Audit faults state health officials on Medi-Cal oversight

State health officials have failed to adequately or promptly review the finances of publicly funded managed-care plans responsible for serving millions of Medi-Cal recipients, according to a report released Tuesday by California’s state auditor.

The state departments of Managed Health Care and Health Care Services also didn’t conduct timely medical checks, intended to ensure that Medi-Cal recipients receive high-quality care, according to the report by State Auditor Elaine M. Howle.

“The beneficiaries want to make sure that their local plans are meeting the level of service that they are entitled to,” said Margarita Fernandez, a spokeswoman for Howle. “Without the audits or the reviews, they can’t be sure of that.”

In conducting its own financial checks, the state auditor determined that local managed-care plans varied in how much they paid their top executives last year, ranging from $230,000 to more than $800,000.


Howard Kahn, chief of the Los Angeles plan, LA Care, was the highest paid of the local plans reviewed by the auditor, according to the report.

LA Care board chairman Walter Zelman said he is conscious that the organization is a public health plan, but added that it has a rapidly growing number of members with complex needs.

“The population we are serving needs the best talent we can get,” he said. “In terms of competing for talent, we have to compete with [the] private-sector world and private insurance companies.”

There are 7.6 million beneficiaries of Medi-Cal, the public healthcare program for the poor and disabled in California. About 4.3 million recipients receive their medical treatment through managed care, and now more are moving into such plans as state and federal officials look for ways to reduce healthcare expenditures.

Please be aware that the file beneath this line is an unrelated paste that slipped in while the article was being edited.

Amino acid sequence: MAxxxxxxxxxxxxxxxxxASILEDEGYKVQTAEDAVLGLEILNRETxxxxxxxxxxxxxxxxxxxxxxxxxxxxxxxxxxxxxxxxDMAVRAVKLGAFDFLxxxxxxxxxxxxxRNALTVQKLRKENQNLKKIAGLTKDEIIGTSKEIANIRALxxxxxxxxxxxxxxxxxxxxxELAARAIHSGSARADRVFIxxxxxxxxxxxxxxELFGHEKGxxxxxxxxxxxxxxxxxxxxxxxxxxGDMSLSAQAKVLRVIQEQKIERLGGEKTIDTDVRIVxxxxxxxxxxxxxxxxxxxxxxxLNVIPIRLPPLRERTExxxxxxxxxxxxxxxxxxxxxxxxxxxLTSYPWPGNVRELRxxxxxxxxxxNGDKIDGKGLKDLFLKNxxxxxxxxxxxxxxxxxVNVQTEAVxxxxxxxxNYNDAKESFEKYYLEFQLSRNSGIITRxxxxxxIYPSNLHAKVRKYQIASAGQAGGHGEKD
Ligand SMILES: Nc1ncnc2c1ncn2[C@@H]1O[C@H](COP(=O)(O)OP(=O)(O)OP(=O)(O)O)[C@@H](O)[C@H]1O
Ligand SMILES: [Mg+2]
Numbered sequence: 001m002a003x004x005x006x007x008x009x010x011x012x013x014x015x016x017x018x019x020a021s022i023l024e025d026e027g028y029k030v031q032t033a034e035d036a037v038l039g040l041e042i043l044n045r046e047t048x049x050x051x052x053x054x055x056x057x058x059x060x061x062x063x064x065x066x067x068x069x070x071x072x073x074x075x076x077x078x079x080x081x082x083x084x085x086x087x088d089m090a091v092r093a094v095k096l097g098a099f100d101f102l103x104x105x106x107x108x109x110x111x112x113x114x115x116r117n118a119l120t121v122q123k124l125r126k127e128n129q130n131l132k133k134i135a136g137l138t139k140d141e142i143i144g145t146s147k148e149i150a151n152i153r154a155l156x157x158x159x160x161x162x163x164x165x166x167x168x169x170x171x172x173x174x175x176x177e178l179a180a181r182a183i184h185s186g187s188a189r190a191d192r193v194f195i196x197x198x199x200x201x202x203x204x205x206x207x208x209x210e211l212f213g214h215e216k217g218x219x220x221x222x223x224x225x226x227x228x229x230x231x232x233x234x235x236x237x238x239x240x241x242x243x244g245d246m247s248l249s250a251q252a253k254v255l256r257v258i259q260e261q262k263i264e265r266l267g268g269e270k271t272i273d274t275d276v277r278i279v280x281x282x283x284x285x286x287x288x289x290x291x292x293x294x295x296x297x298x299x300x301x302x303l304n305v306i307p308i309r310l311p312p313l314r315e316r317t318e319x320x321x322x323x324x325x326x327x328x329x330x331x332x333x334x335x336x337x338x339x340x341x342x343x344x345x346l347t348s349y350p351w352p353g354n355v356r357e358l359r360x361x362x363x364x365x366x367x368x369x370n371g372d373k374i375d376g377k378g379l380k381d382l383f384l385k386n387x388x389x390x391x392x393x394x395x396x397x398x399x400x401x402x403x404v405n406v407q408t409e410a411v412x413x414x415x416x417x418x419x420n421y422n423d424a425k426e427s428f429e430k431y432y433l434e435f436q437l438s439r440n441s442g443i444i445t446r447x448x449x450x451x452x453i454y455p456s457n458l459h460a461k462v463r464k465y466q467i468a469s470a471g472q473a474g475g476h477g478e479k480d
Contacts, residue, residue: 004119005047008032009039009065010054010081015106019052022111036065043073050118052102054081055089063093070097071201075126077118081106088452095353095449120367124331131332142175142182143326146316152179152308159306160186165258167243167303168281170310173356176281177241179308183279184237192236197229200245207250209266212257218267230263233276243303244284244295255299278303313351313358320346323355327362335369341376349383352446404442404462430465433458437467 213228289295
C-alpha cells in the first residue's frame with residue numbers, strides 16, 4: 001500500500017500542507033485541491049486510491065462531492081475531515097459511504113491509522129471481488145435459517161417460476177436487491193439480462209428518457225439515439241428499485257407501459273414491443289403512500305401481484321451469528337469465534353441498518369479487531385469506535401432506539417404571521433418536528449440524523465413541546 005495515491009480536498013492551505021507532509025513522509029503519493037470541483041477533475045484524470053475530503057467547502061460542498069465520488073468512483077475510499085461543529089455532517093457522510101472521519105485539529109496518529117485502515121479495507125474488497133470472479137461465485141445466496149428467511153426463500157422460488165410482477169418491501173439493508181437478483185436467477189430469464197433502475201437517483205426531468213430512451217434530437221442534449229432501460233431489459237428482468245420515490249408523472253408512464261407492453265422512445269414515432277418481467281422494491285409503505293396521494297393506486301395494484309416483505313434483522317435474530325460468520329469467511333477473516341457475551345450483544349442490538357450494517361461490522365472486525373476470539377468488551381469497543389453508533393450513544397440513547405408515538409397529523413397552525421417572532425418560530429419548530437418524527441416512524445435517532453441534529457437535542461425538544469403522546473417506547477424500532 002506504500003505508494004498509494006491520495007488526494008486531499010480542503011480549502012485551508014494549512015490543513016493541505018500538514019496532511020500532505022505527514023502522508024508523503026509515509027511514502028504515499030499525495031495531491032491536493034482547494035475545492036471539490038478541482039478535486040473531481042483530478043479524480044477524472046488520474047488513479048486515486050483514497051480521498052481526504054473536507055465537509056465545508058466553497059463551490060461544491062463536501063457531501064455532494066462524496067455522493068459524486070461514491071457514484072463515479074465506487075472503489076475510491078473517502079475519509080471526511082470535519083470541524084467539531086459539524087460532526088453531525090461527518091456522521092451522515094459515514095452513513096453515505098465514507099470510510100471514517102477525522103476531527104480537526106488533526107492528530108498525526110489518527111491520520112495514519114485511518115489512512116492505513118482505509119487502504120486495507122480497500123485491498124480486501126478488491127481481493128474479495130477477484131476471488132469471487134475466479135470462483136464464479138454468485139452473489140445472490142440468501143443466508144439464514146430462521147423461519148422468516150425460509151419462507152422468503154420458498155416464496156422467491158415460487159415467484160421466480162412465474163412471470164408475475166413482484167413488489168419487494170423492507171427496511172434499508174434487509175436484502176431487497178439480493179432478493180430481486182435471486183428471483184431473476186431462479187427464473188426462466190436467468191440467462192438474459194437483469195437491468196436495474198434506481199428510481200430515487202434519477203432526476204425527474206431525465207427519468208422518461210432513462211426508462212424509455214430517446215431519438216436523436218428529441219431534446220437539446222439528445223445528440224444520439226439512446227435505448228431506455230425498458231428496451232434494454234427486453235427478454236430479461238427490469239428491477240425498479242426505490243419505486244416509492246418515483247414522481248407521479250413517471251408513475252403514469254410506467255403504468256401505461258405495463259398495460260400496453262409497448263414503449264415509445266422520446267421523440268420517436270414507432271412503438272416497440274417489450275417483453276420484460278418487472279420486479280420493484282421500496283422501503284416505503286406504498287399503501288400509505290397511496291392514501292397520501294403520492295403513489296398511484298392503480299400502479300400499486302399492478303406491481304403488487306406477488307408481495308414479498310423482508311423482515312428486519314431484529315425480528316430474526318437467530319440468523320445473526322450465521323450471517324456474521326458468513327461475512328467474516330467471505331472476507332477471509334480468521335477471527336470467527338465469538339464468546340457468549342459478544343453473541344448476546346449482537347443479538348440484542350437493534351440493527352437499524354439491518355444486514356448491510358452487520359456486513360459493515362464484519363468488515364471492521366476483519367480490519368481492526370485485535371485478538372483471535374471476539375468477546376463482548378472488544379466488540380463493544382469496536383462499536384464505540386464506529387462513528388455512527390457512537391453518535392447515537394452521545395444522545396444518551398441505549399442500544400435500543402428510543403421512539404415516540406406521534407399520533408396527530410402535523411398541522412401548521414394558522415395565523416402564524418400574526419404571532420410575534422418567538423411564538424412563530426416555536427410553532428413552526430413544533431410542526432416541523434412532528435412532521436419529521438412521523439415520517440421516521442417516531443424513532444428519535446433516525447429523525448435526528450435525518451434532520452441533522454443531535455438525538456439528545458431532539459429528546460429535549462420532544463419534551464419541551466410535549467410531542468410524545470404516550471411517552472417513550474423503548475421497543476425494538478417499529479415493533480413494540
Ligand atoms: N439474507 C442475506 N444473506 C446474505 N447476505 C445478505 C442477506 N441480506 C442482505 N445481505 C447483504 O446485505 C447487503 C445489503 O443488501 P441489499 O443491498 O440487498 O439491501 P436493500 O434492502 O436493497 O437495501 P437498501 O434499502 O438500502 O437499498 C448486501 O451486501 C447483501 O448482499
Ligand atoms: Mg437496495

The Department of Health Care Services is responsible for ensuring that the managed-care plans comply with Medi-Cal requirements. The Department of Managed Health Care oversees the financial viability of those plans.

According to the audit, the Department of Managed Health Care was “chronically late” in completing its financial reviews, taking an average of 200 days, “seriously lessening their value as an oversight tool.”

The managed-care department also didn’t recognize that some plans’ administrative expenses were incorrectly categorized as medical expenses. One plan miscategorized $5.3 million of administrative costs as medical expenses, the report states.

“Managed Health Care’s failure to identify these errors in its financial reviews is troubling and suggests that it may be overlooking other errors as well,” according to the report.

The audit also found that some of the financial reviews done by the Department of Health Care Services were incomplete and that some of the medical audits weren’t done in a timely fashion.

Tony Cava, a spokesman for the Department of Health Care Services, said Tuesday that it is working to develop policies and procedures to ensure consistency and timeliness of the financial reviews.

The department also plans to resume annual medical audits of all Medi-Cal managed-care plans beginning early next year, he said. The department stopped the regular audits about three years ago.

The Department of Managed Health Care said in a statement that it also has taken steps to “strengthen our financial oversight of local health initiatives.”

The audit occurred at the request of state Sen. Michael Rubio (D-East Bakersfield). The senator’s office was concerned about healthcare plans having much higher balances of unspent state revenue than required by law.

Auditors found that was the case, raising concerns about whether the plans were not spending what they should on providing medical care.

The managed-care plans, however, said they kept the reserves high to ensure continuity of services to Medi-Cal recipients, the report states.

Zelman, of LA Care, said it would be “very unwise not to have substantial reserves” given the problems with the state budget.